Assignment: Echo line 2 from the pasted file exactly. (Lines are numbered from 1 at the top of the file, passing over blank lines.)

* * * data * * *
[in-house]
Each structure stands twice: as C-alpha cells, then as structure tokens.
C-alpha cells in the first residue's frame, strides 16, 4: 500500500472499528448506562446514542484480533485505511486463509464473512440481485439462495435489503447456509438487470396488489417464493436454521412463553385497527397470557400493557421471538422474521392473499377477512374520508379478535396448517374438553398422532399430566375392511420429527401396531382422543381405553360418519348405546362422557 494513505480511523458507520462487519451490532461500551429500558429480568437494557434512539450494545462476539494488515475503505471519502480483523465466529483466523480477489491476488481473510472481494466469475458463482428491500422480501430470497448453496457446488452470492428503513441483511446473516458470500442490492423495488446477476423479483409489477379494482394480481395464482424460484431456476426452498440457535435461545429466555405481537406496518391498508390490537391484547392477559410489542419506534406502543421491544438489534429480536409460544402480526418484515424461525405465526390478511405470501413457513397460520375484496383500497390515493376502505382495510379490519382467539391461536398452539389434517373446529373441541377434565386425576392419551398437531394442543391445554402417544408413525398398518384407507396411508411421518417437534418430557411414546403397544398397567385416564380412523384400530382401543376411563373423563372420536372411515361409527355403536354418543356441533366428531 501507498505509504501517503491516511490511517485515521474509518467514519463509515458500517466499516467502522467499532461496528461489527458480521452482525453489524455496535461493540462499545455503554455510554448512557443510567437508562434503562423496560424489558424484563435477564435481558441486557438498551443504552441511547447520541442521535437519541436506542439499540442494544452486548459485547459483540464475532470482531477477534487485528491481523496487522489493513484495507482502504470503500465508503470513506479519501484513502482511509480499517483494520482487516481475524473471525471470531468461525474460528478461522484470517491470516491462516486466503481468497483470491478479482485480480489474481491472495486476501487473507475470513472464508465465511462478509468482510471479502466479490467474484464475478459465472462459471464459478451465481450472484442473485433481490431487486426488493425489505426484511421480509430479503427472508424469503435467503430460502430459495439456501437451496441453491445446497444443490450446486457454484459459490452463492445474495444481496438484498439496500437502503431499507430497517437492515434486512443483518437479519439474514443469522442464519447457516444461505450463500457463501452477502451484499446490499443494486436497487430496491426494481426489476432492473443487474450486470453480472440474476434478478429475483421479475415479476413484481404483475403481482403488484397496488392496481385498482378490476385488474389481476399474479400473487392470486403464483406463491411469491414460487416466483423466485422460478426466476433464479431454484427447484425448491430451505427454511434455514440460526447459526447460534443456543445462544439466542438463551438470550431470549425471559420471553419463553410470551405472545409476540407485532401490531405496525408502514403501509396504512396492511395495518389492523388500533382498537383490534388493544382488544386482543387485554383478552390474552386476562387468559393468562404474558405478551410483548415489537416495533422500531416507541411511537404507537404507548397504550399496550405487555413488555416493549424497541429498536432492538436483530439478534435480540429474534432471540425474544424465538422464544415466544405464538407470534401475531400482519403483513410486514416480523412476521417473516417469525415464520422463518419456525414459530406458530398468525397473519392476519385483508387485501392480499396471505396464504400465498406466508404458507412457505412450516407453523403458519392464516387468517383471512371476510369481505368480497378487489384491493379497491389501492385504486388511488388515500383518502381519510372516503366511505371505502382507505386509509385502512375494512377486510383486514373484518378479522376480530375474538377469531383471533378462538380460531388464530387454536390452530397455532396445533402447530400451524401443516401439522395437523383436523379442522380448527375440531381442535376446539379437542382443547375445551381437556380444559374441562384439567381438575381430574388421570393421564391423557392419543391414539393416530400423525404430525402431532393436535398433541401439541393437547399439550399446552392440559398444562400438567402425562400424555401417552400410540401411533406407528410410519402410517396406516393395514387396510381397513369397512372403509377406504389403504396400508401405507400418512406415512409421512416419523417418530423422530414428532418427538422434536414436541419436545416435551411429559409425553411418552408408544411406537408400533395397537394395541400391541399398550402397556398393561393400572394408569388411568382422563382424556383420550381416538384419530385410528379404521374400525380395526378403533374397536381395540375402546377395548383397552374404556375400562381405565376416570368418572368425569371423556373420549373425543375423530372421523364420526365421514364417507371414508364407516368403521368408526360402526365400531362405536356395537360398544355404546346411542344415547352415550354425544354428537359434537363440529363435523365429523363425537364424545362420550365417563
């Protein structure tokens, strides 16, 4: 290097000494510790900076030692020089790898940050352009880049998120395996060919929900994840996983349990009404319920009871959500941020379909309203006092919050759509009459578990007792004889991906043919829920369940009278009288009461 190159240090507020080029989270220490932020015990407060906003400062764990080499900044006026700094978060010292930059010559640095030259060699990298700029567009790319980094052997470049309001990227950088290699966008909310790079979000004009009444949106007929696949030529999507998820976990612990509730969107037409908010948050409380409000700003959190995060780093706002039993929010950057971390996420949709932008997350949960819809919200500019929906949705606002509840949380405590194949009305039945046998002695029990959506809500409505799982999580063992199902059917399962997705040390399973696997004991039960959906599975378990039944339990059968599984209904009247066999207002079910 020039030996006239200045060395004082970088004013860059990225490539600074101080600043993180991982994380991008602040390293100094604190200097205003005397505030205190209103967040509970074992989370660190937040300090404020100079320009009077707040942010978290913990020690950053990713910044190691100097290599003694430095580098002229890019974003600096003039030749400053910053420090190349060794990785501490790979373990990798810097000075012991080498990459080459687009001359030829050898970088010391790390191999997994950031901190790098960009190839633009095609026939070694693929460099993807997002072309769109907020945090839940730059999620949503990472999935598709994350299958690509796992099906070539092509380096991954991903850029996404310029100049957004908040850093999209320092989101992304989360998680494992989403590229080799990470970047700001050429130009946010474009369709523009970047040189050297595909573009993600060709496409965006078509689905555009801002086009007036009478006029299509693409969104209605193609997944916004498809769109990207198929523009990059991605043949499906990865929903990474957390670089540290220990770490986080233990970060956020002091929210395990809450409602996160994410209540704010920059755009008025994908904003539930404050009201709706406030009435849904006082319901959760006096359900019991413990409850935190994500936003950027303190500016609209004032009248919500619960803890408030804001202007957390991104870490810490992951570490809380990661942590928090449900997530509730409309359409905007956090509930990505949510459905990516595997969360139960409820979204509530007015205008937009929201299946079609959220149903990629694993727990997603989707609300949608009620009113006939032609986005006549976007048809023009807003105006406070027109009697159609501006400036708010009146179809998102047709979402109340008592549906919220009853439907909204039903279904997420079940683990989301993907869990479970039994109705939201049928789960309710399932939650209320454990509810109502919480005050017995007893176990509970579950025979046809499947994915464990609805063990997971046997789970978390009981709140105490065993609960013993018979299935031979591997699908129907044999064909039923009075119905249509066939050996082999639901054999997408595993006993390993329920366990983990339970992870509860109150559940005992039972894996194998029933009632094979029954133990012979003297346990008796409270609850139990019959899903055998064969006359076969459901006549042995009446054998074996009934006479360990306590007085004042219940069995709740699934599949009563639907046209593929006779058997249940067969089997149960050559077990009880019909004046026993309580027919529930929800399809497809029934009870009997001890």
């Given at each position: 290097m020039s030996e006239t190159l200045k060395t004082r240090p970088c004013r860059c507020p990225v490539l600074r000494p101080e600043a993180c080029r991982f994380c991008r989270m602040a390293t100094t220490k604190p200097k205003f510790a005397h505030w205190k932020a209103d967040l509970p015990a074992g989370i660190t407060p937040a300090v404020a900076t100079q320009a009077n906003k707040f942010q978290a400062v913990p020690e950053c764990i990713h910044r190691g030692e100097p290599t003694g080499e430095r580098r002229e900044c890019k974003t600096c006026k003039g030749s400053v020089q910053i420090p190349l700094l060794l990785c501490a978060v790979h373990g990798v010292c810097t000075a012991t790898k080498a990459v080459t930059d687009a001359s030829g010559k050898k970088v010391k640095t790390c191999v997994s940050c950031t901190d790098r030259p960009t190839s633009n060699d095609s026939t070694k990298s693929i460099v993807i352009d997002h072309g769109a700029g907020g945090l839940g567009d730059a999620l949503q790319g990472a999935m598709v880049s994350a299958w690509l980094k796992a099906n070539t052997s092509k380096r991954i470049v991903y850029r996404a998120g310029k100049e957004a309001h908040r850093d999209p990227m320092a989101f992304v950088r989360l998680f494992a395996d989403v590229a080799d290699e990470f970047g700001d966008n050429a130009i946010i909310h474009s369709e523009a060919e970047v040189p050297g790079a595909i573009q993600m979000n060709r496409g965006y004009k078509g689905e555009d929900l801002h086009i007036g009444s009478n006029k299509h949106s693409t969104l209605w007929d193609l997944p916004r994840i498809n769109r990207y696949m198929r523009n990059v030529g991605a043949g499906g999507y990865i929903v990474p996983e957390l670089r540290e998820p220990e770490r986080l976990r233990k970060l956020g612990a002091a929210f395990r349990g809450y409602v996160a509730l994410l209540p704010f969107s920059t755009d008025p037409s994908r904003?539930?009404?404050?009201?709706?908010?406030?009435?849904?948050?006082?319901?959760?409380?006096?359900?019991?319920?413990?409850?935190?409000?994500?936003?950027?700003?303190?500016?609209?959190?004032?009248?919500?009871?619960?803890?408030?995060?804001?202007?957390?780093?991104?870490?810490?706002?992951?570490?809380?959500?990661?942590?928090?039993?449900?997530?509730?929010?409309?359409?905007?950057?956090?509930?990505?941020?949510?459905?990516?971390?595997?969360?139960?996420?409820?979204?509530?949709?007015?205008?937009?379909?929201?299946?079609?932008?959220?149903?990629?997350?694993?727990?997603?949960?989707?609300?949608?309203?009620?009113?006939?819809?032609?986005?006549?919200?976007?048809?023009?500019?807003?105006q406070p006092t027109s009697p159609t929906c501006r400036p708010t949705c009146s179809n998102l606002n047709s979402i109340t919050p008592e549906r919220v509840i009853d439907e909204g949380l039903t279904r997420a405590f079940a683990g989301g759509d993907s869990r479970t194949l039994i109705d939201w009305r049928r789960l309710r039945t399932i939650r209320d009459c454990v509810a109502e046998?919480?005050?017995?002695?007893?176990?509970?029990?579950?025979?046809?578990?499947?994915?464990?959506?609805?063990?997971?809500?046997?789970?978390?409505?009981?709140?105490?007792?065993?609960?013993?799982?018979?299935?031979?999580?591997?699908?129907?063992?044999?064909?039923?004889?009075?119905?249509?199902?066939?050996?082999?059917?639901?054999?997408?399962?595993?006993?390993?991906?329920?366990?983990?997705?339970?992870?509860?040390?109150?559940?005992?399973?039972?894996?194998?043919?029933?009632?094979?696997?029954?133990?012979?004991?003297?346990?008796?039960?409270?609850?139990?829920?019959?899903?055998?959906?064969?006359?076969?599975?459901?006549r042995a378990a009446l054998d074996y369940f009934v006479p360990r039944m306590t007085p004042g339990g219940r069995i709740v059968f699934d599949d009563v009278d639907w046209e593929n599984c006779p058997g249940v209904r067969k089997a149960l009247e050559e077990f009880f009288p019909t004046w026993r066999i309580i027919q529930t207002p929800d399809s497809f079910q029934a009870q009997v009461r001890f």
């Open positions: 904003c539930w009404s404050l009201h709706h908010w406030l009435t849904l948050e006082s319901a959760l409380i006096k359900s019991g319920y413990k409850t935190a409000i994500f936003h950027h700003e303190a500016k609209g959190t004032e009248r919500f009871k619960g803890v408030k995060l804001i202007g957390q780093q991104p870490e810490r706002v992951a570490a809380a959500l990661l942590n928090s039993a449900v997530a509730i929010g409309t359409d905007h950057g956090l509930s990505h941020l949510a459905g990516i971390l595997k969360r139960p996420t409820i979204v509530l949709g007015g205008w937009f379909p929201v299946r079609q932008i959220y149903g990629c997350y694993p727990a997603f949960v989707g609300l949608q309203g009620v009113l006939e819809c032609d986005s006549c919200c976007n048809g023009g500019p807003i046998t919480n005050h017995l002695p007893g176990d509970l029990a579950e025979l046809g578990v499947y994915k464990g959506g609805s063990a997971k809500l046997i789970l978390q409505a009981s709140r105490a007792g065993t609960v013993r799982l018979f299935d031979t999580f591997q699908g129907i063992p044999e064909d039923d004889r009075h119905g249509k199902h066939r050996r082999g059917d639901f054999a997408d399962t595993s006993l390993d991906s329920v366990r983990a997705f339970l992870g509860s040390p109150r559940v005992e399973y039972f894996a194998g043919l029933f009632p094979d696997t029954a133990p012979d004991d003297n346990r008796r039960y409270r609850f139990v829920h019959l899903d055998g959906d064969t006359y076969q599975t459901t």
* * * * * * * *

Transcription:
Each structure stands twice: as C-alpha cells, then as structure tokens.